Meeting Prayag Raj Sharma is a discovery in itself. I haven’t known anyone who has been to the camps of the rebellious Khampas before they were driven out of Nepal, climbed high and far across the Nepal hills to the edge of Tibet and conducted research during the same trip, visited some of the remotest regions at a time when they were off-limits to Westerners, joined renowned scholars in their studies of intriguing people and places, written numerous books, but still wonders if his life will make for an interesting magazine piece.
Keeping the past alive has been Prayag Raj Sharma’s life. His method, however, hasn’t been to glorify or to romanticize the past. Instead, like an astute renovator, he has continually scrubbed it with the sandpaper of rationality, plucking and discarding the moss of orthodoxy so that it retains and reflects its luster of wisdom. This is his story.
Professor Prayag Raj Sharma was born in Kathmandu in 1938. At the time, having recently migrated from their ancestral village in Tanahun District, his father did not own a house in the city. As a result, Sharma spent his childhood in different parts of Kathmandu, from Thamel to Bhurungkhel to Lainchaur. His schooling was from the Durbar High School where his father taught Sanskrit. “It wasn’t an easy decision for my father, a scholar of Sanskrit”, he says, “to send his son to a school modeled on the Western mode of education.” It is for this courageous decision that he considers his father his mentor.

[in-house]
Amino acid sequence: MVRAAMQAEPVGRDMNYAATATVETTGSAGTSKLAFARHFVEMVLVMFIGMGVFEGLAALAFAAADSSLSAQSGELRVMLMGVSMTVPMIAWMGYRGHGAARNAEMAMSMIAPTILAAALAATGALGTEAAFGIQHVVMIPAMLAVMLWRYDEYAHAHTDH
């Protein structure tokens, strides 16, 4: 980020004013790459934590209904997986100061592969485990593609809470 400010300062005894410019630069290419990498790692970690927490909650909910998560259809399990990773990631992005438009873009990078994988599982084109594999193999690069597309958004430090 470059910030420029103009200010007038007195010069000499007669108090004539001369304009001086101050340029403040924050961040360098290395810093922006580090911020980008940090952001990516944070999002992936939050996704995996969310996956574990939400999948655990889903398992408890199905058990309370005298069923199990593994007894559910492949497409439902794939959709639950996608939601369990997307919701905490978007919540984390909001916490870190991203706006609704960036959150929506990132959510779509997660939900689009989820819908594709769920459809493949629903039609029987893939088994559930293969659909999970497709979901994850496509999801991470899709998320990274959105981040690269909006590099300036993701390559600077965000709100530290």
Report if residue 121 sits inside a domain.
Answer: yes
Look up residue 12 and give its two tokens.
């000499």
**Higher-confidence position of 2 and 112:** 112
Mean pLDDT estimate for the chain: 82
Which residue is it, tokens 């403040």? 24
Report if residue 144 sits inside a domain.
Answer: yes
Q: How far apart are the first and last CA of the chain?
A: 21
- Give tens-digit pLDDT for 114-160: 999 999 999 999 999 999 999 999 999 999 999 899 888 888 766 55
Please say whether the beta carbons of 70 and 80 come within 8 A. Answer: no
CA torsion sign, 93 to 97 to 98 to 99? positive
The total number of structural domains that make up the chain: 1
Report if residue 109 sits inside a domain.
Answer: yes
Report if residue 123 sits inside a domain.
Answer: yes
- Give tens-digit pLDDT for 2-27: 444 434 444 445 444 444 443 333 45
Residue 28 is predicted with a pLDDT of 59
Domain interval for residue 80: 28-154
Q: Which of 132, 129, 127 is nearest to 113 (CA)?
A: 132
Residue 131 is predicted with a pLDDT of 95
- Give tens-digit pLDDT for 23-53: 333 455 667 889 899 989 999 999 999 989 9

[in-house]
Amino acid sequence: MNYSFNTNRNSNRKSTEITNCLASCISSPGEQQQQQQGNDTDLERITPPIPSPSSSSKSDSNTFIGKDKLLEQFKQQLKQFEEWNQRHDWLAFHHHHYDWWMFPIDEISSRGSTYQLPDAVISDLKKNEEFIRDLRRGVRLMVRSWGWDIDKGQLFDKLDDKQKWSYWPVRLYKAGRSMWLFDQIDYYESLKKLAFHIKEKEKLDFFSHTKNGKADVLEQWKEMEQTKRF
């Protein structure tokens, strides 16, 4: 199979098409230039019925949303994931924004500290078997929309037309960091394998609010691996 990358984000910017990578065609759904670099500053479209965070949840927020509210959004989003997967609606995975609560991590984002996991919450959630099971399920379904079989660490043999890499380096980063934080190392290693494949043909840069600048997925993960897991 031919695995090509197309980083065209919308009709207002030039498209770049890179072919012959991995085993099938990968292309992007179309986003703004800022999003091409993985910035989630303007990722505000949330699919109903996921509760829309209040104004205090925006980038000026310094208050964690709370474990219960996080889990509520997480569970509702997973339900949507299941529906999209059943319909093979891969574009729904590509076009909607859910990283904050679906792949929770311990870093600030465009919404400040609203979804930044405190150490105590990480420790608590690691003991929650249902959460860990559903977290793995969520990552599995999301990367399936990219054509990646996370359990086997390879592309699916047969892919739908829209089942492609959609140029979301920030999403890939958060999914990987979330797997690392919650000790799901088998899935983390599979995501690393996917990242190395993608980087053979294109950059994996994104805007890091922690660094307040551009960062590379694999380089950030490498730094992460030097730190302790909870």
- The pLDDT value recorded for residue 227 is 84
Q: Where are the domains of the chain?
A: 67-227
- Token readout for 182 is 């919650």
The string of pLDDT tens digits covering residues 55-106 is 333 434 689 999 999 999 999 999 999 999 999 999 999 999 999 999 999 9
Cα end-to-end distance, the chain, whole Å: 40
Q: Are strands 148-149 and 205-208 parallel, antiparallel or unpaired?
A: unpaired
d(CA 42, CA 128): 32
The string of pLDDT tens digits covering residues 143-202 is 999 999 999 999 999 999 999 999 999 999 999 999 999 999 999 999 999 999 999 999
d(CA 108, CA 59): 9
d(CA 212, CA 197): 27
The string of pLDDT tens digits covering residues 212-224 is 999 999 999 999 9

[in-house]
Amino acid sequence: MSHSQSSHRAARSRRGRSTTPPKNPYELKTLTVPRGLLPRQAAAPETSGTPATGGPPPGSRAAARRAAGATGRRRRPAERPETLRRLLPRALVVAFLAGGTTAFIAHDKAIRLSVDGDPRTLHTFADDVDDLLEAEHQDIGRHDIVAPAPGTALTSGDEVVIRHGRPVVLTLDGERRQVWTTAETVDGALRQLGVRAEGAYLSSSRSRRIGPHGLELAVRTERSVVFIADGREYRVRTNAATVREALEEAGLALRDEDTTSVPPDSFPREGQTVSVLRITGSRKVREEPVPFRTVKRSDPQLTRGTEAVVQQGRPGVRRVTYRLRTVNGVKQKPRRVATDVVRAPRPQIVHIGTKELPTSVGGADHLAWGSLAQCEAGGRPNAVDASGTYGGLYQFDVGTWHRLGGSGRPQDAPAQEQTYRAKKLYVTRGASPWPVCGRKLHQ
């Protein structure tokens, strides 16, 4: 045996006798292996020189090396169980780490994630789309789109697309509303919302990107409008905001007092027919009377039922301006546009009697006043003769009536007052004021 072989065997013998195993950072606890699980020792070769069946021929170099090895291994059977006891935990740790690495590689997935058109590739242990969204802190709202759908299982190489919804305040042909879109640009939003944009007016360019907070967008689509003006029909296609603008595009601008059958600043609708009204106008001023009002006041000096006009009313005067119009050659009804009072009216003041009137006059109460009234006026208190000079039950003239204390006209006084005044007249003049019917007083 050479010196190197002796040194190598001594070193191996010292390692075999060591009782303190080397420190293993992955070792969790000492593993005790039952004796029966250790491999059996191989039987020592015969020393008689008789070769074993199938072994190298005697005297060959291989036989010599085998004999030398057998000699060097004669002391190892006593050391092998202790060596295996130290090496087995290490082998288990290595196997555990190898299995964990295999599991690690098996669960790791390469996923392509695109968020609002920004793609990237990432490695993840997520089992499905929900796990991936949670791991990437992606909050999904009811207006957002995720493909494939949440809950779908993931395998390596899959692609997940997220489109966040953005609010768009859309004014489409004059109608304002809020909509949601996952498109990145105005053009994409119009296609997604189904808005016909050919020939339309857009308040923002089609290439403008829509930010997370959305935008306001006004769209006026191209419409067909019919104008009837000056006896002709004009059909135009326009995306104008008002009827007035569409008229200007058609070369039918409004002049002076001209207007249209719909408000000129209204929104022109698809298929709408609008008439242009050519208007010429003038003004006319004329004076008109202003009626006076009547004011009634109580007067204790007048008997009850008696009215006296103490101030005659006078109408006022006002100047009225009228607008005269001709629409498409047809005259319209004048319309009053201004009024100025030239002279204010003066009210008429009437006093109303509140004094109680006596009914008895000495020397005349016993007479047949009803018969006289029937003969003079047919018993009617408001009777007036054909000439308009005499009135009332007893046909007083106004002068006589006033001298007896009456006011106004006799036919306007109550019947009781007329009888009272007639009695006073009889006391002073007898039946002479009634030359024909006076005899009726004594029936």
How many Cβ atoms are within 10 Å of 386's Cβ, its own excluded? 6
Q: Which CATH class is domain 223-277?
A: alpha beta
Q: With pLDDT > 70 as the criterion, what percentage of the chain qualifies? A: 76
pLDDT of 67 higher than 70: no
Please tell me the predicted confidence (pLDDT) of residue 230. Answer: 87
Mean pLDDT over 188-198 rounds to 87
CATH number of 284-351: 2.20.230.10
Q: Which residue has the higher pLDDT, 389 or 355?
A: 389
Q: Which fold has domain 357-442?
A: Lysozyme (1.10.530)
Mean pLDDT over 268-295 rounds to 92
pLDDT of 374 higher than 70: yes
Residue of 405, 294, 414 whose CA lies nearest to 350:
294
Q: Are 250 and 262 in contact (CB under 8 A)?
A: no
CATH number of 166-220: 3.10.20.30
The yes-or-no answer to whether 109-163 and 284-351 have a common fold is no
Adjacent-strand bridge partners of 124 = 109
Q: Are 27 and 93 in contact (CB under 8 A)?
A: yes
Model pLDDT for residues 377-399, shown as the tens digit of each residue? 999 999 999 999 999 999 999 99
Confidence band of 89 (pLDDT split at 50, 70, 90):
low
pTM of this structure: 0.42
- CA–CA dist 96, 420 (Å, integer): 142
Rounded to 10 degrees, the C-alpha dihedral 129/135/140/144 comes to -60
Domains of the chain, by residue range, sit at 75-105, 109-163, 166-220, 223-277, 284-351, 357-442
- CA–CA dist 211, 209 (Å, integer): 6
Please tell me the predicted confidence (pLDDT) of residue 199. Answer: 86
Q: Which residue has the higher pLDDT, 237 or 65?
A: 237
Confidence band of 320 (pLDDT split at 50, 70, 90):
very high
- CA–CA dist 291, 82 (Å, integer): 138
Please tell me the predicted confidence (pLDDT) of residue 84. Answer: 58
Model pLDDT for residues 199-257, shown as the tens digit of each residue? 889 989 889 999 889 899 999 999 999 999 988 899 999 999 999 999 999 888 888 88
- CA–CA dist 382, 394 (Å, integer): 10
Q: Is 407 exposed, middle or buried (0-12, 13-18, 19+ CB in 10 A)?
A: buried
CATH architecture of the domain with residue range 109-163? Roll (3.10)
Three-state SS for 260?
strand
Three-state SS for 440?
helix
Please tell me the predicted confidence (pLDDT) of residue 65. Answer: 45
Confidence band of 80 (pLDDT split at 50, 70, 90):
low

After completing his schooling, Sharma enrolled in Tri Chandra College as an Arts student. The degree course included two years of extended schooling (now called ‘Plus-2’), and two years at the baccalaureate level. In those days there was no such thing as a ‘major’, but Sharma was beginning to lean towards certain subjects. “Sanskrit and history were my favorite”, he remembers. English was in the curriculum, too, and he developed an interest in it, and a warm, affectionate relationship with his teacher, Professor Yadu Nath Khanal, who also happened to be a relative. (Prof. Khanal soon became well known as a highly respected Nepalese scholar and diplomat.)